RMW: the blog

Roslyn's photography, art, cats, exploring, writing, life

Feline Friday -#70 – LA’s famous mountain lion P-22




This is not P-22, obviously, but a similar mountain lion.

While I was at the Natural History Museum the other day to visit the Extreme Mammals exhibit, I saw the new display about P-22, the mountain lion who lives in Griffith Park.

From the Natural History Museum website:

In the hills of Griffith Park, a mountain lion roams. His name is P-22.

Born in the western Santa Monica Mountains, P-22 crossed both the 405 and 101 freeways, eventually reaching Griffith Park. He lives alone in this small territory by the Hollywood sign, surrounded and confined by the city of L.A. P-22 was first spotted by now NHMLA Citizen Science Coordinator Miguel Ordeñana in 2012 as part of the Griffith Park Connectivity Study, a joint effort of Cooper Ecological and the U.S. Geological Survey. 


P-22, and other big cats like him, are often blamed for encroaching on people’s homes. The truth is, people are the one’s encroaching on the home of the mountain lions.


This is a map of the LA area and the city these lions have to deal with. The dark red splodge at lower right shows P-22’s habitat. Basically he is caged in by the freeways all around him. Many cats have lost their lives trying to cross them.


A closer look at P-22’s area. He lives in Griffith Park all by himself.

P-41 is also hemmed in by freeways all around.


The inability to move around to other territories is the cause of inbreeding, as with P-19, who, having no choice, mated with her father. This doesn’t bode well for the survival of the species.


Wildlife crossings over the freeways have been proposed for years but so far nothing has been done. It isn’t just the big cats that suffer from being penned in, it’s all the species of animals, insects, plants that are stuck in small habitats. My answer is, let’s keep people trapped in their own neighborhoods and let the animals roam freely!

Just as important is the habitat of insects like the Delhi Sands fly. If just one small part of the eco-system is endangered it causes a domino effect for all of us.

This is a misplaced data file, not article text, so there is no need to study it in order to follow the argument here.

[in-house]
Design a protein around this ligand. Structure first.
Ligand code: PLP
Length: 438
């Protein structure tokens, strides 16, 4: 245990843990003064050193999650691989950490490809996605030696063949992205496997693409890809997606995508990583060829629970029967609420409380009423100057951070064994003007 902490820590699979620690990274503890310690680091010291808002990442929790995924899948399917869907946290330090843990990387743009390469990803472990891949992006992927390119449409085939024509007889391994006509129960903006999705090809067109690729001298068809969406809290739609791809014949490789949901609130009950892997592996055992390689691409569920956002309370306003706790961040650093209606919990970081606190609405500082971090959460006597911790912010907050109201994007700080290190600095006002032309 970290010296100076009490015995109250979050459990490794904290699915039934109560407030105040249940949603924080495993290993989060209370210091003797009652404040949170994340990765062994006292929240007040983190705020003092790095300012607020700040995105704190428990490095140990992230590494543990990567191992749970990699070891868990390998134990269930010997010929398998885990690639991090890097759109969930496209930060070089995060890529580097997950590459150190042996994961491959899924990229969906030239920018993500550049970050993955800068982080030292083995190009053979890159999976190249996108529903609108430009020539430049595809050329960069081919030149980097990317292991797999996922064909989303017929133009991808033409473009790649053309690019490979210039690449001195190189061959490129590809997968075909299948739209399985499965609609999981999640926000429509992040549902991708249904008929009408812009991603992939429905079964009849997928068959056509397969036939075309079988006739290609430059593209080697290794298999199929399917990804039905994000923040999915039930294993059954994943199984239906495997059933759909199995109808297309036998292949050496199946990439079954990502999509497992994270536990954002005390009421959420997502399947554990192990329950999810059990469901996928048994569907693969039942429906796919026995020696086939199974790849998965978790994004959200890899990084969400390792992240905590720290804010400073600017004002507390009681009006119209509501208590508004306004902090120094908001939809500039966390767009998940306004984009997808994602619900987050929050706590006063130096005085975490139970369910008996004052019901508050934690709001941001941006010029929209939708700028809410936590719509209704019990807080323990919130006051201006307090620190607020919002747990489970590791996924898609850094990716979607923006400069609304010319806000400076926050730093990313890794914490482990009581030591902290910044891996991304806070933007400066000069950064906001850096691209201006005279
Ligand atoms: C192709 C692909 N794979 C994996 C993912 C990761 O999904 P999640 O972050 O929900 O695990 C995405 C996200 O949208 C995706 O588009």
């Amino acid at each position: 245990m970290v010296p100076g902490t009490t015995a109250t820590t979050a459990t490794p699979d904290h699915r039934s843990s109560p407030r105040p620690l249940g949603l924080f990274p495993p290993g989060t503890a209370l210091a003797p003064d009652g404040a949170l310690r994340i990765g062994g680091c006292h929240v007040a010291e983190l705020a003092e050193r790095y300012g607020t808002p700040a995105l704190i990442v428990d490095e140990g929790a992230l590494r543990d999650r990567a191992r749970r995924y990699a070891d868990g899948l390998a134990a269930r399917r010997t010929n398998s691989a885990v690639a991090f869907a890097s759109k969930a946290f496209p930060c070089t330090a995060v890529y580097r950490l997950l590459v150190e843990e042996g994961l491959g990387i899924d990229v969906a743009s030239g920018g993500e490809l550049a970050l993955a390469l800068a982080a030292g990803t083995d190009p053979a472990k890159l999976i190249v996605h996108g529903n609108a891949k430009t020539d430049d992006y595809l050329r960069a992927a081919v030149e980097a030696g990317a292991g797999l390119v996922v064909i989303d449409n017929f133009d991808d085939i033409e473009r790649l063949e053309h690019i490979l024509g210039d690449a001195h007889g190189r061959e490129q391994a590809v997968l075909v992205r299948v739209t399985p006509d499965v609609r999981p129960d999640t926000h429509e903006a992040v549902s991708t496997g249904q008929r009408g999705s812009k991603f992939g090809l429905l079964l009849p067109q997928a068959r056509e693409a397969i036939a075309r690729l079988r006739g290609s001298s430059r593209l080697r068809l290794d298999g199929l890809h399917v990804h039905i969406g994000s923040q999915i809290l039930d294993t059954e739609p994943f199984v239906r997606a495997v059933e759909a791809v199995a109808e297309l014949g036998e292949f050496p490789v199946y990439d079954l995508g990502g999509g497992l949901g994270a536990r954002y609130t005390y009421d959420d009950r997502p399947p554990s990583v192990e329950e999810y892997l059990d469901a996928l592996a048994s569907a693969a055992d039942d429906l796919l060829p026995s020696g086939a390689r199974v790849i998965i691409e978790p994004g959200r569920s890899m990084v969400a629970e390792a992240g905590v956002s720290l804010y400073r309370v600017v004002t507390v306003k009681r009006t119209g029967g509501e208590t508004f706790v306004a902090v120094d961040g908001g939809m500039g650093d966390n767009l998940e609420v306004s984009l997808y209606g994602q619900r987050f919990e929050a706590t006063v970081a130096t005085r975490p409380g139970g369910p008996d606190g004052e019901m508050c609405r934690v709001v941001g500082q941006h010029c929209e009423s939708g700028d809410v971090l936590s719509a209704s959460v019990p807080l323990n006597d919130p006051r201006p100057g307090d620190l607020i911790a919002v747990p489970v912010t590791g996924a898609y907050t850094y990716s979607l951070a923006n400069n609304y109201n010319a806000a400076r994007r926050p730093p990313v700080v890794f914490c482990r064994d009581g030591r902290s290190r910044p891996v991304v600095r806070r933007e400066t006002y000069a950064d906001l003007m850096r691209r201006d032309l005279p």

One fly, one species… and then the human species. We live in dangerous times!


Author: RMW

I am an explorer and creative person. I've had many jobs, careers and interests... everything in life and the universe fascinates me. Born in Brighton, England, I've lived my entire adult life in Los Angeles, California. A few years ago I rediscovered photography which is a great excuse to get outside and look. I'm also in the process of re-writing some of my unpublished short stories and possibly a novel. .

18 thoughts on “Feline Friday -#70 – LA’s famous mountain lion P-22

  1. I feel for the wildlife! Most of it is either caged or gone because of human intervention…good to learn from media some are being saved eventually!

    Liked by 1 person

  2. The world would probably be a better place without humans.

    Liked by 2 people

  3. Puma’s are such magnificent creatures.


  4. I need my Feline Friday!!!!

    Liked by 1 person

  5. Great post ~ how to keep those beautiful mountain lions with us, such beautiful animals 🙂

    Liked by 1 person

  6. The Museum of Natural History in DC was always one of my favorite spots to meander on cold winter days. Thanks for sharing your incredible photographs, Roslyn!

    Liked by 1 person

  7. I do want to visit DC again. I enjoyed traipsing through all the museums… this was around 1990 I think… I felt a real sense of power in the city, just like London.


  8. I live in an area that has experienced a lot of development, encroaching on local wildlife. It makes me sad to think the mountain lions live so alone, they can’t even fight mates. And to leave their territory is dangerous because of traffic. And don’t get me started about pesticides. They will make us all extinct.

    Liked by 1 person

  9. Pingback: Feline Friday – #72 – P41 found dead in Verdugo Mountains | RMW: the blog

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